Monday, 20 August 2012

Introduction to Shutter Speed

Shutter speed or exposure time is the length of time the camera’s shutter is open. It is shutter speed that controls how long the camera’s sensor will be exposed to light. A faster shutter speed means shorter exposure time and slower shutter speed means longer exposure time. Shutter speed is among the three elements that determine the exposure the other two being ISO and Aperture. We will discuss the relationship between the three and their impact on exposure in a later article the Exposure Triangle.

Shutter Speed
Photo By Kirstinmckee

Shutter speed is measured in seconds or to be precise fraction of seconds like 1/30, 1/60, 1/125, 1/250 and so on. The bigger the denominator the faster the shutter speeds and vice versa. Shutter speed has a direct correlation of 1:1 with aperture in determining the exposure. For any given exposure combination, if the aperture increases by 1 stop e.g. f/4 – f/5.6 or f/8 - f/11 then shutter speed will also decrease proportionately, like in this case the effective shutter speed will be half that of the original value e.g. 1/1000 – 1/500 or 1/250 – 1/125. If the aperture is decreased by 1 stop then the shutter speed will be doubled to attain correct exposure.

What shutter speed do I need to use?

Shutter Speed
Photo By Expressmonorail

The choice of shutter speed for a picture is largely determined mostly by the following factors:
  •     Whether the subject is moving or stationary.
  •     If the subject is moving – the speed of movement of the subject.
  •     In what direction is the subject moving – is it moving towards or away from the camera or is it moving from side to side.
  •     At what focal length is the shot being taken
  •     Is the camera on a tripod or shooting hand held – if shooting hand held does it have image stabilization (IS)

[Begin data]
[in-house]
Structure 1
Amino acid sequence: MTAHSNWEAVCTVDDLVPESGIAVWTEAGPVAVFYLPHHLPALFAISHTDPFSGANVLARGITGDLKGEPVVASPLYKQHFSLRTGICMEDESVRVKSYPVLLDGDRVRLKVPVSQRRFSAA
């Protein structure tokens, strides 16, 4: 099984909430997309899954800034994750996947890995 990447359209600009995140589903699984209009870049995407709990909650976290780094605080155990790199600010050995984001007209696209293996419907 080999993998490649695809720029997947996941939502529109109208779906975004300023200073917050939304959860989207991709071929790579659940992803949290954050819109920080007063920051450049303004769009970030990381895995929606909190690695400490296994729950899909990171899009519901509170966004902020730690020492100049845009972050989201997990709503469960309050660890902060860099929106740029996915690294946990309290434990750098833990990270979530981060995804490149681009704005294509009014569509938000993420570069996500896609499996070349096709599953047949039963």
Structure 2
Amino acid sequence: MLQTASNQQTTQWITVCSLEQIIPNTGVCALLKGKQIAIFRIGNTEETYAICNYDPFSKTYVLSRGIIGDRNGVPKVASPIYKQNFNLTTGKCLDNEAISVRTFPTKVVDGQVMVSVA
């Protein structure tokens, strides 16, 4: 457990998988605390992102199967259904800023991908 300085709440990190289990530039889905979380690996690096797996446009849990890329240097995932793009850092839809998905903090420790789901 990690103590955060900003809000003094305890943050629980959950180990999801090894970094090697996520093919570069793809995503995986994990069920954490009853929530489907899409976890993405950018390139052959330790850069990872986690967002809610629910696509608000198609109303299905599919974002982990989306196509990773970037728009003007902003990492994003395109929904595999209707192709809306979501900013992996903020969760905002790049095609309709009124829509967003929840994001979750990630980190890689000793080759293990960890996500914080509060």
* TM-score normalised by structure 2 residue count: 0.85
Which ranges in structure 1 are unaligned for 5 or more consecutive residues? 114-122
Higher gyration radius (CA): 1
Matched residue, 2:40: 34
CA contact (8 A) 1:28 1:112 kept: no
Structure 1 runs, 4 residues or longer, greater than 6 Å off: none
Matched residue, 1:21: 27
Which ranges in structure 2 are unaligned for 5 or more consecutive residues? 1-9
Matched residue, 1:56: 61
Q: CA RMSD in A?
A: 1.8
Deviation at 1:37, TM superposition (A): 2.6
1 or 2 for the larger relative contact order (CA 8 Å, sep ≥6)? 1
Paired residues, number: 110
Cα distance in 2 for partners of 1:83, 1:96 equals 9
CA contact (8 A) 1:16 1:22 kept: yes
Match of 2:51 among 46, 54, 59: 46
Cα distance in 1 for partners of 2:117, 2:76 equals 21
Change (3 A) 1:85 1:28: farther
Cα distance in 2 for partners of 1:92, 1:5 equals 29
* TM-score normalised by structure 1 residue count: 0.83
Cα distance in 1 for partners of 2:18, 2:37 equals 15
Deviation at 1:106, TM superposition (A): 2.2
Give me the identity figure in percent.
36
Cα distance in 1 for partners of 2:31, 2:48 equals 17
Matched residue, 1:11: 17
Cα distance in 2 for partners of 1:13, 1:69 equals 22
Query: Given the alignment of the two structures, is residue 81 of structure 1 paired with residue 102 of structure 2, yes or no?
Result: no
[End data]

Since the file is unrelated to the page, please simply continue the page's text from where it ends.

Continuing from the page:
•     What is the intended effect in the final picture – do you want to freeze motion or do you want to capture it.

If you are shooting a stationary object with the camera on a tripod then what determines your shutter speed is the aperture setting you wish to use. Wider the aperture, faster the shutter speed and vice versa. It is when you start photographing moving objects with the camera hand held that you need to be careful about your shutter speeds.

Shutter Speed
Photo By Mugley

 General rule of thumb is to use a shutter speed with the denominator that is larger than the focal length of the lens for e.g. if you are shooting with a 100 mm lens use a shutter speed of 1/100 or faster to eliminate camera shake. Image stabilization if available will help you shoot sharp images hand held at shutter speeds much lower than what is said in this rule of thumb, how much slower is determined by the effectiveness of your camera’s IS system.

When photographing moving subjects, shutter speed to be used is determined by whether or not you wish to freeze motion or capture it in your shots. In both cases the speed at which the subject is moving is what determines the shutter speed for the shot. The faster the subject is moving the faster the shutter speed needed to freeze and vice versa

Now let us have a look at shutter speeds to be used at the most common photographic situations

Shutter speed                                                Typical Examples

Bulb (1 minute to several hours)                Astro-photography – shooting star trials - Camera on a tripod

Shutter Speed in astrophotography
Photo By V4idas

1 – 30 seconds

Motion blur effect – low light photography - Night photography - Camera on a tripod

Shutter Speed in night photography
Photo By Nzdave

2 - 1/2 second

Motion blur effect to photographs (other than panning shots) photographing stationary subjects in very low light - To add a silky look to flowing water – To enhance depth of field in landscape photography - Camera on a tripod

Shutter Speed waterfall photography
Photo By Dirgon

1/2 to 1/30 second

For panning subjects moving slower than 30 miles per hour 48 km/h) and for available-light photography. – camera  preferably on a tripod else hand-held with image stabilization.

Shutter Speed panning
Photo By Strandloper

1/50 - 1/100 second

Focal length up to medium zoom - Available light portraits – photography in dim light – panning shots – camera hand-held

Shutter Speed available light portrait
Photo By Melodramababs

1/250 - 1/500 second

Longer zoom – hand-held - Freeze motion of people – action /sports 1/250 s is the fastest speed useful for panning

Shutter Speed sports photography
Photo By Ryusha

1/1000 - 1/4000 second

sharp photographs of moderately fast subjects under normal lighting conditions – camera hand-held

Shutter Speed high speed photography
Photo By Matt Hintsa

Shutter speed is one camera setting that has the widest range of creative possibilities; we will discuss it in detail in a future article - Creative Use of Shutter Speed.

In the next article we will discuss about Photography - Tips For Beginners - Understanding Exposure – The Exposure Triangle

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